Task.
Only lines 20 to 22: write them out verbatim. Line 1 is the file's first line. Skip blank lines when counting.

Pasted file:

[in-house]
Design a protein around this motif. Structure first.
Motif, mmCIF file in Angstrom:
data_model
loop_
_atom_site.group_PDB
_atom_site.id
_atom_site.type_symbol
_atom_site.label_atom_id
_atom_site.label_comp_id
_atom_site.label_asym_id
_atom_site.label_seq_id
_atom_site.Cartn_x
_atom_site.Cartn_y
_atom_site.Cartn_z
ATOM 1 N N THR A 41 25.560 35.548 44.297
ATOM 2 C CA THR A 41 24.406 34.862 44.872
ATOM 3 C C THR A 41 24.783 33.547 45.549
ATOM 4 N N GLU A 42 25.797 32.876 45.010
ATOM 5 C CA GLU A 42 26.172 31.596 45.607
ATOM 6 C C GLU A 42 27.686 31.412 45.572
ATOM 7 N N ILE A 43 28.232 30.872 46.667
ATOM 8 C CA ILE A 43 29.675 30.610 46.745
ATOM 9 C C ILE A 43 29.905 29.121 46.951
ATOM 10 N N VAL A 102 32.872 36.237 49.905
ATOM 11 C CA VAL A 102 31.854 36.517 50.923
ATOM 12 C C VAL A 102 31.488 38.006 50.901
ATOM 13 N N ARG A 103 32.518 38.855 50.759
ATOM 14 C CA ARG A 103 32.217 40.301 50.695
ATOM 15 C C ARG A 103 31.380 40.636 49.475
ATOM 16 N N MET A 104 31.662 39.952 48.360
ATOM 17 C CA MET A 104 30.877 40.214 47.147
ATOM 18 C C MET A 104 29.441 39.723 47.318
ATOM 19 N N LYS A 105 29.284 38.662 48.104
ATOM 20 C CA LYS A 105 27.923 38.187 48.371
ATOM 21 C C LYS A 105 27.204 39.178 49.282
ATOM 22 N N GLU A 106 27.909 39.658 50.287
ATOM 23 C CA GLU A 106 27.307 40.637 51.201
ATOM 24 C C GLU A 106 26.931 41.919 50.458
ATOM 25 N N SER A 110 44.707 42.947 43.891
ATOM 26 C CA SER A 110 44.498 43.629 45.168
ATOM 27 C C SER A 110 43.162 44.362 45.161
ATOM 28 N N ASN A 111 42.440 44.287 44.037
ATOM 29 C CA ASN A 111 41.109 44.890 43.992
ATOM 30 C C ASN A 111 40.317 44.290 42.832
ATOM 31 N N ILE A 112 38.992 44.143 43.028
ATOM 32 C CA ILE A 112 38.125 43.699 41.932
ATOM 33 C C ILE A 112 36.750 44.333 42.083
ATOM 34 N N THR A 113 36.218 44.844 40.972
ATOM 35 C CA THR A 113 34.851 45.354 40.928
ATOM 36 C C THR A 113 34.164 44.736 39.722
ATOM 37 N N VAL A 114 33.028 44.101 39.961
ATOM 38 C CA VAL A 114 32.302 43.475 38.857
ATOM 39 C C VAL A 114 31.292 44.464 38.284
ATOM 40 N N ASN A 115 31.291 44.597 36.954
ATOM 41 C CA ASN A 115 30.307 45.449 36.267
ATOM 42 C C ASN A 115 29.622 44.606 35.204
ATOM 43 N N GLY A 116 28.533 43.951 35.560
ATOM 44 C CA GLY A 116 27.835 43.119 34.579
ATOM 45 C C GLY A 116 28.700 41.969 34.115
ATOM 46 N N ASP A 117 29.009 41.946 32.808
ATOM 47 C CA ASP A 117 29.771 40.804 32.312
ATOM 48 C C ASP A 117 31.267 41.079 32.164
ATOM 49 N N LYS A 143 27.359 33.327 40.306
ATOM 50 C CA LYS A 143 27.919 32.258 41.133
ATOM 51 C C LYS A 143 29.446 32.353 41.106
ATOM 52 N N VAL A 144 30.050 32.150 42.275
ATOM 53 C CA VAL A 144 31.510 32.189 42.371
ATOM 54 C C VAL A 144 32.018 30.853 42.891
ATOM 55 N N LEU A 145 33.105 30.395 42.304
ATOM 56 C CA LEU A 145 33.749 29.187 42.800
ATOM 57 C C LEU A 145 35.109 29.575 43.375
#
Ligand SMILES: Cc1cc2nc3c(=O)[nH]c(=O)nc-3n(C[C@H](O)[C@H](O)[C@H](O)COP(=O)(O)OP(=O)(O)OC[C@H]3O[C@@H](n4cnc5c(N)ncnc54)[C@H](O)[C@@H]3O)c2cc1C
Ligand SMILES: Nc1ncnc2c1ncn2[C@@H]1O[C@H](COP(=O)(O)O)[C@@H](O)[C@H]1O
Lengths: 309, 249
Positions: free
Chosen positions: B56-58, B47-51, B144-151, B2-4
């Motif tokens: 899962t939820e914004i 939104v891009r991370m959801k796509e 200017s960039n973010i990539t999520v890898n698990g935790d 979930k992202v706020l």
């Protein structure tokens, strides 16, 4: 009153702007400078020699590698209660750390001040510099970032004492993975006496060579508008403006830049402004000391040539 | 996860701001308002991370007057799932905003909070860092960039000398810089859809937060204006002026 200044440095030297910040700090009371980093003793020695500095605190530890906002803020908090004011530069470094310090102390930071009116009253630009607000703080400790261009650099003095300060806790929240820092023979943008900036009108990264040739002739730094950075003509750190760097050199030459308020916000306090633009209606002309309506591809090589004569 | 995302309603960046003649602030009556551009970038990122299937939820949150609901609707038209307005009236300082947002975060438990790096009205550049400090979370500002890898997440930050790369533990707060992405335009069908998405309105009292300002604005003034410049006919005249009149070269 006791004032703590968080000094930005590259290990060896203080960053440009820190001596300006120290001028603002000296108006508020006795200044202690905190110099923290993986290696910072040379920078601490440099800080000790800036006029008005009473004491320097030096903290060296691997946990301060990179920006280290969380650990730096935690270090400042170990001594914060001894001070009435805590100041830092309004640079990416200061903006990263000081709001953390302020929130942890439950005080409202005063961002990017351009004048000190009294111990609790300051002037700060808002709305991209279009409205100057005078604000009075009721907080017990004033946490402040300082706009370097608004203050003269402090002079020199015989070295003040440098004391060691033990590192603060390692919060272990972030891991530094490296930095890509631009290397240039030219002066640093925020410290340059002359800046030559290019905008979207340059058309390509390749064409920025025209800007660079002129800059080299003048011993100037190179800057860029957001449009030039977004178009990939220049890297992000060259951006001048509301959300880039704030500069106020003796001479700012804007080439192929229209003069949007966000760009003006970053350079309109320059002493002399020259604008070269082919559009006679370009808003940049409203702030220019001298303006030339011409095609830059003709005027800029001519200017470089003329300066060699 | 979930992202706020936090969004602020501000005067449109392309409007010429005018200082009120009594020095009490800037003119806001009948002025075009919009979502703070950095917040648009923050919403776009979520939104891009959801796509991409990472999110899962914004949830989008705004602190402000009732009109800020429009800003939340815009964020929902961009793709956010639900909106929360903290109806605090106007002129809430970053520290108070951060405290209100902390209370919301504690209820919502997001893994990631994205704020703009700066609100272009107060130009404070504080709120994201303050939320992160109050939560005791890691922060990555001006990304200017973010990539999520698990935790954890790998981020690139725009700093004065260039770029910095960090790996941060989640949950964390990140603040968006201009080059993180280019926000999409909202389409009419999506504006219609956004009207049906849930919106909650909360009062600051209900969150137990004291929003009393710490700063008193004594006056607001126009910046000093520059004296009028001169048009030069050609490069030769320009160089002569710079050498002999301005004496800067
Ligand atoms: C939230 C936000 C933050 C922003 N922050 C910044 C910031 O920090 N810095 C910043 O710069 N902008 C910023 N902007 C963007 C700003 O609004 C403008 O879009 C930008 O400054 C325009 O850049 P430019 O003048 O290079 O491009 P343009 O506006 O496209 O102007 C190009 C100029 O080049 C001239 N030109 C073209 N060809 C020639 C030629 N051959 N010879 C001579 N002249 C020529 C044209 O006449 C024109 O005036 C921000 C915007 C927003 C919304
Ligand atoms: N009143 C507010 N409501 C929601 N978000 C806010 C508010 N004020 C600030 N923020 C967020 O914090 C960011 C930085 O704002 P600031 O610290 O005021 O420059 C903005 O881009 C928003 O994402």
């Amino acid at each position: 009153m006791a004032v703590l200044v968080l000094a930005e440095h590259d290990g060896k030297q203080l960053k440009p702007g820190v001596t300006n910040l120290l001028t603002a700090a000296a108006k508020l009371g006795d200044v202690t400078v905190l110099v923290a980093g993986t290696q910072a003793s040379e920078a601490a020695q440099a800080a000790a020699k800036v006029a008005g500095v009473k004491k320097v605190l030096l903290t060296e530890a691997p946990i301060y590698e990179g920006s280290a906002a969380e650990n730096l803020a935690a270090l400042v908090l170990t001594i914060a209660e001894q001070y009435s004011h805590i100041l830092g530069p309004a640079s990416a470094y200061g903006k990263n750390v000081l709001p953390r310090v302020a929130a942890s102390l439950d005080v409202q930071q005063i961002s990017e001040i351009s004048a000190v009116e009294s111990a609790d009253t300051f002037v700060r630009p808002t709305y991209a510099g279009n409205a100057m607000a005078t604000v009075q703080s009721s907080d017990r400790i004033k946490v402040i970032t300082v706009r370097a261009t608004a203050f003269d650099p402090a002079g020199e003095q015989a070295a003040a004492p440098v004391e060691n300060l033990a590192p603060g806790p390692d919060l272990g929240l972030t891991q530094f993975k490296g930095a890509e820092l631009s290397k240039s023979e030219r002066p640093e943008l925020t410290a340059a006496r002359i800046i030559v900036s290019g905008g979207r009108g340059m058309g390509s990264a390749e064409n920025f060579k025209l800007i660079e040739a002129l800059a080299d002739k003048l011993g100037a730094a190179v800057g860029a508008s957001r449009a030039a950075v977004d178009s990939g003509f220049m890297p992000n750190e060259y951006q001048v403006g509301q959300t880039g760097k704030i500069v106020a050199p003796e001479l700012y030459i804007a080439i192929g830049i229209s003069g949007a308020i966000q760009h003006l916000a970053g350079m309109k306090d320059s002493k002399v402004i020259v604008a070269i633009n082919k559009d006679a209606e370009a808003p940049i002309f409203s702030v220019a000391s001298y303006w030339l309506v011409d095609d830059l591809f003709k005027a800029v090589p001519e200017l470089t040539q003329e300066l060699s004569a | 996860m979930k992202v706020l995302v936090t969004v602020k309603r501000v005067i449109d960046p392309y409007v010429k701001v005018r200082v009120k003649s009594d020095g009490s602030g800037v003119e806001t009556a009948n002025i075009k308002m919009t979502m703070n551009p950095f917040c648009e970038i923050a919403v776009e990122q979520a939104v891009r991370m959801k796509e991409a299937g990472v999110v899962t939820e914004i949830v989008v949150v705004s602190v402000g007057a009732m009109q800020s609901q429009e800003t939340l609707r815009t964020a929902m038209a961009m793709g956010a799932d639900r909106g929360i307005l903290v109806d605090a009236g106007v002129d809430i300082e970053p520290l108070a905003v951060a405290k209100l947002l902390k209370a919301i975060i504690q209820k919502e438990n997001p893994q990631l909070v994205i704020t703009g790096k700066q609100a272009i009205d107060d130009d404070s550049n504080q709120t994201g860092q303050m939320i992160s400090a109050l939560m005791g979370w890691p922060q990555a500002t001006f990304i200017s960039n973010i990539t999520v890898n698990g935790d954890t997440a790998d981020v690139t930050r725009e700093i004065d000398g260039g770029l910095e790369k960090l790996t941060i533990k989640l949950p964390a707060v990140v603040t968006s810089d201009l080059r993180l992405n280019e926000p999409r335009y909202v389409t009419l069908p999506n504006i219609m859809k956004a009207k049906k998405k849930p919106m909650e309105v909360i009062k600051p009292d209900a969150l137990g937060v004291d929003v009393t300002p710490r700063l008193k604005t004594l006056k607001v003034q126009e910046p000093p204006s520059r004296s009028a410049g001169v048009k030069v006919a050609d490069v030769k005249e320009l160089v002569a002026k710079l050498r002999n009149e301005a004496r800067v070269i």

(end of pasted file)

ATOM 5 C CA GLU A 42 26.172 31.596 45.607
ATOM 6 C C GLU A 42 27.686 31.412 45.572
ATOM 7 N N ILE A 43 28.232 30.872 46.667